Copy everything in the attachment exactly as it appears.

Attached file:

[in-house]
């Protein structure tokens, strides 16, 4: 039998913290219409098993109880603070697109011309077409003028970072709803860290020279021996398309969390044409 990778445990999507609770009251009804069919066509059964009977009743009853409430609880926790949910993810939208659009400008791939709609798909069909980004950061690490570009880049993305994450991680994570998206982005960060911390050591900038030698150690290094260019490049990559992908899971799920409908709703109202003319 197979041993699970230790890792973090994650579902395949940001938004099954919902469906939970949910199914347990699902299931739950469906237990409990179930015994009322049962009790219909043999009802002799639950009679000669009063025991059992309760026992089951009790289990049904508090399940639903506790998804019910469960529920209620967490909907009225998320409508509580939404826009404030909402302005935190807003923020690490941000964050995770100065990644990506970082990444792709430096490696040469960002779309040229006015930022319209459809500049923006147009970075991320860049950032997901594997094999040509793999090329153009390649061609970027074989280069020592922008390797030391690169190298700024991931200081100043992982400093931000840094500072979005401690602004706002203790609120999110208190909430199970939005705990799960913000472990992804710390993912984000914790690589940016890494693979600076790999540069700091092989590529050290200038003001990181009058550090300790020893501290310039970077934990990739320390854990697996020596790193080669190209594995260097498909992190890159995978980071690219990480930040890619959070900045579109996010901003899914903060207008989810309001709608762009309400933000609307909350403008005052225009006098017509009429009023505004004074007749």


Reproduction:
[in-house]
């Protein structure tokens, strides 16, 4: 039998913290219409098993109880603070697109011309077409003028970072709803860290020279021996398309969390044409 990778445990999507609770009251009804069919066509059964009977009743009853409430609880926790949910993810939208659009400008791939709609798909069909980004950061690490570009880049993305994450991680994570998206982005960060911390050591900038030698150690290094260019490049990559992908899971799920409908709703109202003319 197979041993699970230790890792973090994650579902395949940001938004099954919902469906939970949910199914347990699902299931739950469906237990409990179930015994009322049962009790219909043999009802002799639950009679000669009063025991059992309760026992089951009790289990049904508090399940639903506790998804019910469960529920209620967490909907009225998320409508509580939404826009404030909402302005935190807003923020690490941000964050995770100065990644990506970082990444792709430096490696040469960002779309040229006015930022319209459809500049923006147009970075991320860049950032997901594997094999040509793999090329153009390649061609970027074989280069020592922008390797030391690169190298700024991931200081100043992982400093931000840094500072979005401690602004706002203790609120999110208190909430199970939005705990799960913000472990992804710390993912984000914790690589940016890494693979600076790999540069700091092989590529050290200038003001990181009058550090300790020893501290310039970077934990990739320390854990697996020596790193080669190209594995260097498909992190890159995978980071690219990480930040890619959070900045579109996010901003899914903060207008989810309001709608762009309400933000609307909350403008005052225009006098017509009429009023505004004074007749």